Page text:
Update on the commercial situation in China on 26 February 2020. Over the past week we have had some good news coming out of China with the number of new cases being reported falling and in some areas such as Shanghai and Beijing that has fallen to zero. Whilst that does bring the prospect of a return to business as usual we still have a long way to go.
Presently most factories are now saying they are ‘open for business’ but in practice in most cases this means the sales office is open for enquiries and orders. This is largely being achieved by staff working from home. It remains the case however that the majority of production lines remain closed. Most are hoping to commence production at the beginning of March with the exception of Hubei province which remains under strict lock down.
Whether this is achievable in practice remains to be seen. Many factory owners are telling us that their employees remain trapped in their hometowns and unable to return to their place of work. Large swathes of the country outside of Hubei remain under some sort of lock down with residents only allowed out every few days to buy food. We are hearing from people that this is gradually being relaxed in some areas but large gatherings (such as may be found in a production facility) are still prohibited in many places. The situation is further compounded by some factories which have re opened switching production to making face masks to meet the shortages in supply rather than there normal products. We believe in many cases it will be a further 2-3 weeks for factories to return to full production.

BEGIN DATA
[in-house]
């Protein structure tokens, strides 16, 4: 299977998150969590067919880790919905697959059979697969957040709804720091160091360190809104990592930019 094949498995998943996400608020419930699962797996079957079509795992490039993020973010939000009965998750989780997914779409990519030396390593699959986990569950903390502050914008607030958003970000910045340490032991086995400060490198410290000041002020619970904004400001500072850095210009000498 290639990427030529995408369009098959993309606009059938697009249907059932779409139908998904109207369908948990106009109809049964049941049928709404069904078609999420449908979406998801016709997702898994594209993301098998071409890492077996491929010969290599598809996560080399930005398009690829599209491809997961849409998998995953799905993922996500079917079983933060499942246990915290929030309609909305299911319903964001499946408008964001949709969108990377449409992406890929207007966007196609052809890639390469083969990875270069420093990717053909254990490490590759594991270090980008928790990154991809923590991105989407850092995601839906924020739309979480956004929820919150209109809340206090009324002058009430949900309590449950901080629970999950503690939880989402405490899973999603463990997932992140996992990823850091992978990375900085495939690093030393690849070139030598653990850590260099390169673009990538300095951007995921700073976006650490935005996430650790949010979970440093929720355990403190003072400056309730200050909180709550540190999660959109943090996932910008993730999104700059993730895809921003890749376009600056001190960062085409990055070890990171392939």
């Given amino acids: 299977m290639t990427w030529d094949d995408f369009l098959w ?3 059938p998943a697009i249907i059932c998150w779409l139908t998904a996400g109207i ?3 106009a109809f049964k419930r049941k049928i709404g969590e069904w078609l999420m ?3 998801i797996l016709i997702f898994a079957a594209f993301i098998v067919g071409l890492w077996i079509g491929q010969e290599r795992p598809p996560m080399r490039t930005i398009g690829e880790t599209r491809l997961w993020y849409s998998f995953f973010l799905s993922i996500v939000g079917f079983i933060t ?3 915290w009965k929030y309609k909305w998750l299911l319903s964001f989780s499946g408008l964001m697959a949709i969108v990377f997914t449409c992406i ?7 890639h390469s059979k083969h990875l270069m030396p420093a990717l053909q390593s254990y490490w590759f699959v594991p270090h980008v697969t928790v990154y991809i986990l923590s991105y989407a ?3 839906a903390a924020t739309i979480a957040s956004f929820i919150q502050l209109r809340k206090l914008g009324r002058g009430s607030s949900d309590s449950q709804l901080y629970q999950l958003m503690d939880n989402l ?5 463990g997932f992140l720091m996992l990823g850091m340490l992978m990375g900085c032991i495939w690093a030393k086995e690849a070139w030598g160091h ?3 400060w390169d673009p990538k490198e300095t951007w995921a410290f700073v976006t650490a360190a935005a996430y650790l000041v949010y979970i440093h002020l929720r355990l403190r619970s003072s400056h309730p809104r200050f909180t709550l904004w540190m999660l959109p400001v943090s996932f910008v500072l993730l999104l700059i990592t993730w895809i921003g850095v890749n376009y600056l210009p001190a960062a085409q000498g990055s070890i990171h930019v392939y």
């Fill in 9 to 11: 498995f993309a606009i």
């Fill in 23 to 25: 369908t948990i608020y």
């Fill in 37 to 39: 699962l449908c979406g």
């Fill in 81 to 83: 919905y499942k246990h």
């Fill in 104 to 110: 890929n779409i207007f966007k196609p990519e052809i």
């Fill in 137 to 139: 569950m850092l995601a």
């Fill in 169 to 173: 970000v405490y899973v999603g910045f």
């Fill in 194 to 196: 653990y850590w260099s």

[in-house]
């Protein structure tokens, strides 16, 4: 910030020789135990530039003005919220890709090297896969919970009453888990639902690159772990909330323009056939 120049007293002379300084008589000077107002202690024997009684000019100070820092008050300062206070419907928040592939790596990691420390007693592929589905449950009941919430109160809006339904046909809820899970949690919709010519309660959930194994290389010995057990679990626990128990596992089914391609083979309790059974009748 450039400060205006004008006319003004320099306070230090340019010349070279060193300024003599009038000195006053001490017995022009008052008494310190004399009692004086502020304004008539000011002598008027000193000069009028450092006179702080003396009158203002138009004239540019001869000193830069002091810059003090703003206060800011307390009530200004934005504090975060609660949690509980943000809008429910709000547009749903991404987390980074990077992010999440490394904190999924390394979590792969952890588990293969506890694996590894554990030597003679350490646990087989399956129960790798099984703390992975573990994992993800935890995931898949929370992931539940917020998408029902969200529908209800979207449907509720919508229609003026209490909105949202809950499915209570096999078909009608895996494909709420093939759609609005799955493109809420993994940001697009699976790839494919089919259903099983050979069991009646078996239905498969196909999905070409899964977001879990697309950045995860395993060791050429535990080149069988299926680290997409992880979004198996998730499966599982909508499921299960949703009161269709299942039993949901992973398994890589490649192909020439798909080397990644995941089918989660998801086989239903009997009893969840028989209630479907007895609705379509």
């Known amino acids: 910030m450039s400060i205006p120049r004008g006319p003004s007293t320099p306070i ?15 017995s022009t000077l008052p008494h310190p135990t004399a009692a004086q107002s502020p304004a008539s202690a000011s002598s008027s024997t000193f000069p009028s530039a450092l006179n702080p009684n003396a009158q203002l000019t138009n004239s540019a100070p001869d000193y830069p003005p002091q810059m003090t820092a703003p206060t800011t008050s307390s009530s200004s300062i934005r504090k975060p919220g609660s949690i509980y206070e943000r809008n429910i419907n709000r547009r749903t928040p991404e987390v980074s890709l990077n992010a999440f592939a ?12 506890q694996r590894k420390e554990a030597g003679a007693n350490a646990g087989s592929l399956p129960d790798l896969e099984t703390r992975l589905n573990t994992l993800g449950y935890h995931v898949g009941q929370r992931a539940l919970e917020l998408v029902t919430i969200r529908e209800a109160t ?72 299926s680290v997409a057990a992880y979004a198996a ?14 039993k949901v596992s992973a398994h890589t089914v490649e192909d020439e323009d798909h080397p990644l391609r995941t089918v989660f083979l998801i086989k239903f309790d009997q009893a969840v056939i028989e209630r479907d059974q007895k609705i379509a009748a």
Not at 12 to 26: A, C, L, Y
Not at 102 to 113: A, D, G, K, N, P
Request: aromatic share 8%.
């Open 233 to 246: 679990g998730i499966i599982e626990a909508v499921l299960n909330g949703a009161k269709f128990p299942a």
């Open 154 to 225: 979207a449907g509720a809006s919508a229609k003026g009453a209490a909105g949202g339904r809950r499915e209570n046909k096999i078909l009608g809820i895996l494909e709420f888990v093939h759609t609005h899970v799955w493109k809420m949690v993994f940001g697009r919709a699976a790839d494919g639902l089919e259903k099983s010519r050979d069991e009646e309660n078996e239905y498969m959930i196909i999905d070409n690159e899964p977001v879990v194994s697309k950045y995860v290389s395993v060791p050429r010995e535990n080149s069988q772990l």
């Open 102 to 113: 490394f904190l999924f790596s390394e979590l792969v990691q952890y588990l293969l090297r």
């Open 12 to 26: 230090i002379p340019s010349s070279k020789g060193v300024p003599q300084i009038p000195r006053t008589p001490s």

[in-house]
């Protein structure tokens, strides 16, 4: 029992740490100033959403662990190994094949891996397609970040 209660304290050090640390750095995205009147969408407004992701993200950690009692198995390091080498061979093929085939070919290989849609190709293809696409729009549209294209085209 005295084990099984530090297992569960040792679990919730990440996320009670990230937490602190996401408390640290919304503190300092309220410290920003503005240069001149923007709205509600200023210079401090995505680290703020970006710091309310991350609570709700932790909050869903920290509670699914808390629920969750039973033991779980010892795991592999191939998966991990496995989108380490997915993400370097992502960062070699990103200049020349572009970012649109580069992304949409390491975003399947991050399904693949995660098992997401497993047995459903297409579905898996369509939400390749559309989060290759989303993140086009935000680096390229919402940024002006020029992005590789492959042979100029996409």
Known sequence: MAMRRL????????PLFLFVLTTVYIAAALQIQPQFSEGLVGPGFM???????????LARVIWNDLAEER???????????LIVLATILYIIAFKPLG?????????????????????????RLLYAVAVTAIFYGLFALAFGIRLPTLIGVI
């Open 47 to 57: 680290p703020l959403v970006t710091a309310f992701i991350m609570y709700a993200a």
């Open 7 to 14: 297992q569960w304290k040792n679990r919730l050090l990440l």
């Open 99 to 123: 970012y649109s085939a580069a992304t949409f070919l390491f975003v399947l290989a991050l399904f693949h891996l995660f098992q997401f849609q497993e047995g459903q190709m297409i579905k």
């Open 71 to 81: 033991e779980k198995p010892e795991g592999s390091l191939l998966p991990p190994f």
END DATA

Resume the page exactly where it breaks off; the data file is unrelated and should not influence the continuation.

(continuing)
Regarding logistics air cargo remains the biggest problem with a shortage of capacity due to lack of available flights. We continue to see long delays and a significant hike in prices. Wuhan rail terminal remains closed with trans European trains being diverted to Xian. Shipping is still running and most ports are open and operating but many sailings have been cancelled leading to increased transit times and reduced choice but prices are remaining stable. Some ports such as Tianjin and Shanghai have no available plugins for reefers and there is also a shortage of reefers to move chilled and frozen goods. This is caused by a combination of a shortage of available road haulage and a closure of most warehouses due to restrictions and staff shortages.
What does this mean for UK customers? The situation is patchy and each case needs to be dealt with on an individual basis. It’s very important to keep in regular contact with your supplier and to get accurate information regarding their situation. One needs to be aware of the tendency for suppliers to put a overly optimistic positive slant on the situation which may not reflect the truth on the ground. Due to backlogs in production orders which are building we think there is likely to be problems with orders for Christmas 2020 with too many buyers competing for reduced volumes of supply. This is further compounded by some factories switching its production to face masks rather than their traditional products. If you are in this field we advise you plan well ahead and look for alternatives to your usual suppliers or you may face the prospect of empty shelves.
Finally for those looking to source elsewhere to circumvent the problems in China you may find it more difficult that anticipated. The reason is that China not only supplies finished products to the West it also supplies many components and parts to other Asian countries and many of these countries are already experiencing shortages. This is particularly being felt in the automotive industry where many factories are located in the Wuhan area and also in the telecommunications industry.